Hilberink Bosch Architects designed a modern home, situated at the edge of a forest in Heesch, The Netherlands. Here is the information from the project description we were sent: “The house consists of two different volumes: an L-shaped base on which an oblong volume balances. Together they form a sculpture which resembles a fallen tree on a pile of earth.The public functions of the house are situated in the L-shaped base. The outside walls of the L-shape which face the public road look unapproachable and secretive. The wall is made with long, dark, robust bricks emphasizing the horizontal lines. The interior of the house is open and light. The living space is connected with the terrace, the garden and the forest and a flood of light is entering the house. The garden facade of the house is formed by a concrete structure, the imagination of modern living within the rampart.
All the edges of the different volumes are made without any eaves, the material dissolves in the air. This reinforces the abstract appearance of the sculpture. Just as a wanderer, caught in a thunderstorm, will seek shelter under a fallen tree, the inhabitants will find protection in this house.The different aspects of study slowly grow into an actual building. The building becomes part of the poetry, part of the memory, it becomes meaningful.”[Photographs: René de Wit, Paul Kozlowski]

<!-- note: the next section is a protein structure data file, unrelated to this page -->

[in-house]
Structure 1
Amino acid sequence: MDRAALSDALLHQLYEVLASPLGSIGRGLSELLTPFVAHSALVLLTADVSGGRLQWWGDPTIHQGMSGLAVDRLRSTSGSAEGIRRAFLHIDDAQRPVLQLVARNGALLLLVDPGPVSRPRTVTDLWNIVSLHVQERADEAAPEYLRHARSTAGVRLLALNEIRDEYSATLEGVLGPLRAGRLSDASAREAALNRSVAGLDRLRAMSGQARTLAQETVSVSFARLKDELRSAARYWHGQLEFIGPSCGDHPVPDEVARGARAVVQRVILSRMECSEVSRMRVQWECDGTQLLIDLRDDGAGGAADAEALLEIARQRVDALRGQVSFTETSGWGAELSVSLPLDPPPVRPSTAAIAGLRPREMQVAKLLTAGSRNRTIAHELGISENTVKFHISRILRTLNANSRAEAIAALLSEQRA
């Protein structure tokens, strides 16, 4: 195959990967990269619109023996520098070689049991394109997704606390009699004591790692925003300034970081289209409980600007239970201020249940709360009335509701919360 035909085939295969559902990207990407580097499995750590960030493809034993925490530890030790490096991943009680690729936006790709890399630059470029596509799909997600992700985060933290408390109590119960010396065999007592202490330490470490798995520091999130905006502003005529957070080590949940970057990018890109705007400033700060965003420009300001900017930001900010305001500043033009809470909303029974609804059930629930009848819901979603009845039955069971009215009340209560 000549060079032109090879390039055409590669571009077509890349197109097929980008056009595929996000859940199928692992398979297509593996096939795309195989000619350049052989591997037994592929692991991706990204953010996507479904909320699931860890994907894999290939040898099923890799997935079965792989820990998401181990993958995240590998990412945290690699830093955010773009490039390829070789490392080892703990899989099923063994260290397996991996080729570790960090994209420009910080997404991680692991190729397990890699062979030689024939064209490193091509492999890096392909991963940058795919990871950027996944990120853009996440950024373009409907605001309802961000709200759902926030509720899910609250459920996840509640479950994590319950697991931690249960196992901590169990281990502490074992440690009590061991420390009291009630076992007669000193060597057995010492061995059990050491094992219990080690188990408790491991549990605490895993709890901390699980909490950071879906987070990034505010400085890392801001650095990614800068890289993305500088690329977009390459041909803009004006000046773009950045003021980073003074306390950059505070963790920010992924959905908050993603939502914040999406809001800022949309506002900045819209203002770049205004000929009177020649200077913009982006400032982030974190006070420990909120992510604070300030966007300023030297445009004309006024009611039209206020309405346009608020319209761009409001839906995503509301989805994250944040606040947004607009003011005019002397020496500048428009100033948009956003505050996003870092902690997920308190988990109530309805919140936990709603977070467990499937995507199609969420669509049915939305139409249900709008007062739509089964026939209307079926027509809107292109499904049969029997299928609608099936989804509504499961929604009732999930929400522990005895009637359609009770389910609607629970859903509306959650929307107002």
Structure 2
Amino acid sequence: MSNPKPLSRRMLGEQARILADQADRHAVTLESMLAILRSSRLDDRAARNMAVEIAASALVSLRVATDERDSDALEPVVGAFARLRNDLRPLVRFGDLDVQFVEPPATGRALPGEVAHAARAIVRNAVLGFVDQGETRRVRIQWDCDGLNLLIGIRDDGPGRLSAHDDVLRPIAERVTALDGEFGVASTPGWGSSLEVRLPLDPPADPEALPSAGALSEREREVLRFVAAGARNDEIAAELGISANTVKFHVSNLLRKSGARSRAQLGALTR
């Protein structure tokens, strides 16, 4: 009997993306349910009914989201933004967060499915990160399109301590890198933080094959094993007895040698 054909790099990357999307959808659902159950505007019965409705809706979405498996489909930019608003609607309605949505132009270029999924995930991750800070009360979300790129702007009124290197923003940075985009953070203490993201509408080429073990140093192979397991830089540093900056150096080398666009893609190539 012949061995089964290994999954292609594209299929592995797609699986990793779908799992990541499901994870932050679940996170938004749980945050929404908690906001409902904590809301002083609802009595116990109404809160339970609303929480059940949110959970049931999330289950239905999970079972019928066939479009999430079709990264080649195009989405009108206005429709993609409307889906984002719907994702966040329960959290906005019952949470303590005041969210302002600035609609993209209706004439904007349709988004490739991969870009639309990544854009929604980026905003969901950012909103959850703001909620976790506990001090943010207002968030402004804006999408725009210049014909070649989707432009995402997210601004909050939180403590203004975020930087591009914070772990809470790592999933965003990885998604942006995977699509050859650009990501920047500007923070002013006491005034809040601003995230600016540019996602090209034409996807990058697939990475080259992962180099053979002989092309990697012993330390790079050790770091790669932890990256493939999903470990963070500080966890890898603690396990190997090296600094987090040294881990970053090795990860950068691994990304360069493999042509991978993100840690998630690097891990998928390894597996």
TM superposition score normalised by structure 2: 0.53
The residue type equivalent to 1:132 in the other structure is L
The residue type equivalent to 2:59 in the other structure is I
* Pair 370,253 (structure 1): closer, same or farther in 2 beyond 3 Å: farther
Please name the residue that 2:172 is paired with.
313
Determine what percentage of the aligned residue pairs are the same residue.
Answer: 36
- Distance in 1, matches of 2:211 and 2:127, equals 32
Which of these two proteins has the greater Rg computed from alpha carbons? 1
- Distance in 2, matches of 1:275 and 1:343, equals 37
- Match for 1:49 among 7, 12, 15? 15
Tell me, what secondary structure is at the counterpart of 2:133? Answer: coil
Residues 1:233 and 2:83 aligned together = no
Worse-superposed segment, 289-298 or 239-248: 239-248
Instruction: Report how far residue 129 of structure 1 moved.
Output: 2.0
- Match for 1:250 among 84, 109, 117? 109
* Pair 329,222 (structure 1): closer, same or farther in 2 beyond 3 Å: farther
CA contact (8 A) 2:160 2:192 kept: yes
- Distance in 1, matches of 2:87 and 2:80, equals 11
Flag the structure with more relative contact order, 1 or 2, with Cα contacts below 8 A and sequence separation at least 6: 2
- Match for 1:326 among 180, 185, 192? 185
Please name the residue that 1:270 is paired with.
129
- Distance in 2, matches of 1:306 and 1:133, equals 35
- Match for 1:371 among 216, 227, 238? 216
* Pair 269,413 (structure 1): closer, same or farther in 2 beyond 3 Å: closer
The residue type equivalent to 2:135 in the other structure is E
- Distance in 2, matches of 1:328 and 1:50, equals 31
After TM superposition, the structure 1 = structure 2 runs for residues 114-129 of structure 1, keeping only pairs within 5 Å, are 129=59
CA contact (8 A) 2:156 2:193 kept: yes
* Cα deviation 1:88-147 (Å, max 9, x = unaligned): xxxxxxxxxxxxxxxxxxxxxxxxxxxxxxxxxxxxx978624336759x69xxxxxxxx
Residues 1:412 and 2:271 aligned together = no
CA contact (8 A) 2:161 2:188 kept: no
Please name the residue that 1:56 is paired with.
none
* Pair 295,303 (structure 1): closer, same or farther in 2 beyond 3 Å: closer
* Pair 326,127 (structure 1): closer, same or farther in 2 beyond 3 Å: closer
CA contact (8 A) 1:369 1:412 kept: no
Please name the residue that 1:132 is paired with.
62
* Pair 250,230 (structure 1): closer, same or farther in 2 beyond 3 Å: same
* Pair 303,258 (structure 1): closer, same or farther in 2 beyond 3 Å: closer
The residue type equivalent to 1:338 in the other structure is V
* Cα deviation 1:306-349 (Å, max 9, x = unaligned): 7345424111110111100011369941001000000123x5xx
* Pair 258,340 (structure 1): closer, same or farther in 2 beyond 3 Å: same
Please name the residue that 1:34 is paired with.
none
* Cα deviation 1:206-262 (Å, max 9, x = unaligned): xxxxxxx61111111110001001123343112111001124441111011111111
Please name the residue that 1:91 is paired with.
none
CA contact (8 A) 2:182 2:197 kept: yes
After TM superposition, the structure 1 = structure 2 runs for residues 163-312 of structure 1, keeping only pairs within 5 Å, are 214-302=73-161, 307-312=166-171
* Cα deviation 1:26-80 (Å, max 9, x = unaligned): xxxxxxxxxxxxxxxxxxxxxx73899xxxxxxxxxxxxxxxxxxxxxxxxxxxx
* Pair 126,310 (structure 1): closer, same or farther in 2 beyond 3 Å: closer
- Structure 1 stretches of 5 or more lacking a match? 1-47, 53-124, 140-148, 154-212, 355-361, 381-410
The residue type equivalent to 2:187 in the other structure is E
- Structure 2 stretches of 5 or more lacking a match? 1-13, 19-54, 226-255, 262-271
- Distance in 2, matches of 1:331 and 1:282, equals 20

These days, a building doesnt just have to look good, it should ideally be good for the environment too. A great example of sustainability spliced with style from the past few years is the M&S store at Cheshire Oaks Retail Park in Ellesmere Port, designed by Aukett Fitzroy Robinson.
Value for money is not, and never was, the same as being cheap. Value for money means making the most of whatever budget is available. A good example of this is Hayes Primary School in London, by Hayhurst and Co. Having to contend with a tightly controlled 3 million local authority budget, they worked with the existing structure of the primary school to give it a much needed update. A striking polished stainless steel brise-soleil facade installed at the school’s entrance, gives the school’s many different buildings a sense of identity, while new classrooms have been created in a range of shapes and sizes, and are often flooded with natural light